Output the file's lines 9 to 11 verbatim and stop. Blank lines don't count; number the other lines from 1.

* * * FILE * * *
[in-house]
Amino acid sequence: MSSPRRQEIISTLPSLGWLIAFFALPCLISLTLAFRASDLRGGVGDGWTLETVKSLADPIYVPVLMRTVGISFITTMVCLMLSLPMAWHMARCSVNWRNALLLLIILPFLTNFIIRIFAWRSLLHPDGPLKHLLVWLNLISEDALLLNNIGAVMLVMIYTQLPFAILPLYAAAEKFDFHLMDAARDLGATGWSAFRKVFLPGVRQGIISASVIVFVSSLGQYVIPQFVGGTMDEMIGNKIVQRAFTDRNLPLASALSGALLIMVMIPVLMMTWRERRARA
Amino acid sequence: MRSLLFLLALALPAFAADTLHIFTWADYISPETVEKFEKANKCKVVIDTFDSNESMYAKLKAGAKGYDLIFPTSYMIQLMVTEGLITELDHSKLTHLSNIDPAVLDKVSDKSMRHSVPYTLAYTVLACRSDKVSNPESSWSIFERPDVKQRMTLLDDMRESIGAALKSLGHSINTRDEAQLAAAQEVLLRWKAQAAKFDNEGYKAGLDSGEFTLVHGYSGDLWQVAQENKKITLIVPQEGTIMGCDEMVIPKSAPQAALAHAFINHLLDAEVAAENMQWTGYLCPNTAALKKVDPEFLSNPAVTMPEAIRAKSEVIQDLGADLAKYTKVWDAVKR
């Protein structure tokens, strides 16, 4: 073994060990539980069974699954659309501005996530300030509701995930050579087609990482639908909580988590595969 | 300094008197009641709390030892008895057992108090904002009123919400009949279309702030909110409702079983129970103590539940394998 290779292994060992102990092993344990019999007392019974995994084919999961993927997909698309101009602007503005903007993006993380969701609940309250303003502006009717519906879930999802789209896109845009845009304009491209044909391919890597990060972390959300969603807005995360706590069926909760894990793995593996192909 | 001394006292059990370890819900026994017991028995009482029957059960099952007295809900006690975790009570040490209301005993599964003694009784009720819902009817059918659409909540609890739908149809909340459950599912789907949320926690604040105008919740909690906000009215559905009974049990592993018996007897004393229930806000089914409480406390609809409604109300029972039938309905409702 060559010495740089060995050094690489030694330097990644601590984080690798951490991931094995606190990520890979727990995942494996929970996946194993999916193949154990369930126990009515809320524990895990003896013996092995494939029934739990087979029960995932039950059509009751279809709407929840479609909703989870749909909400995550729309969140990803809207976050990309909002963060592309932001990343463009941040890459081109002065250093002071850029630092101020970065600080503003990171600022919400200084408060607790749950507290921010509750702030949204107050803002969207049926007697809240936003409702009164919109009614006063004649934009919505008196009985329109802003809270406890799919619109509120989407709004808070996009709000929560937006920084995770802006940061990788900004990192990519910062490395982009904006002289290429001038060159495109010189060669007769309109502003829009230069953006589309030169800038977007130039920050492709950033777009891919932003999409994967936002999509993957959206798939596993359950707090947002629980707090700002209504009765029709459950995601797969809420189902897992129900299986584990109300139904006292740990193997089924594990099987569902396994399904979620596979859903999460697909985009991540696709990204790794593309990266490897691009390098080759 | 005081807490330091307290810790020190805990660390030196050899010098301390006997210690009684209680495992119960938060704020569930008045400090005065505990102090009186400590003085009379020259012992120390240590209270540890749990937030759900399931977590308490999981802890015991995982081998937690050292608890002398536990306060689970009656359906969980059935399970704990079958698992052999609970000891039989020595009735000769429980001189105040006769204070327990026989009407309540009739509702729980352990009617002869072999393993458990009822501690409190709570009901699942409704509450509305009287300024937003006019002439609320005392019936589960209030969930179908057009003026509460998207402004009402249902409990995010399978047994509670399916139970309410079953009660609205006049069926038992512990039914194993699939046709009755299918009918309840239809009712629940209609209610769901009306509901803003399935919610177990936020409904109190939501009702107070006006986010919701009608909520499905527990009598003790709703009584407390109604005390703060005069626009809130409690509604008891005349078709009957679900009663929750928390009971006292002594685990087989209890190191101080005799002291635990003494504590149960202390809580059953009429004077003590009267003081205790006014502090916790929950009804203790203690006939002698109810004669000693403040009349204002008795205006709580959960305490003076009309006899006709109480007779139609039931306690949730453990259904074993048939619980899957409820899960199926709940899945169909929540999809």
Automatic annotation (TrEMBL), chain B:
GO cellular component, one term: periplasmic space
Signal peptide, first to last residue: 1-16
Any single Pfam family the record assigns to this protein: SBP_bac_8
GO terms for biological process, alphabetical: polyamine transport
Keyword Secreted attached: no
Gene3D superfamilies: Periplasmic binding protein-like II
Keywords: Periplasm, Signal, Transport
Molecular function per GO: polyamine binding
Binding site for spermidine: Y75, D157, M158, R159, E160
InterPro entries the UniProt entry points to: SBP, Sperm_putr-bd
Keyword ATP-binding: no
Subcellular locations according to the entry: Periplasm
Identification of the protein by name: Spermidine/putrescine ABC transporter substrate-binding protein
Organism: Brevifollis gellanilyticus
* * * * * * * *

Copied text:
GO terms for biological process, alphabetical: polyamine transport
Keyword Secreted attached: no
Gene3D superfamilies: Periplasmic binding protein-like II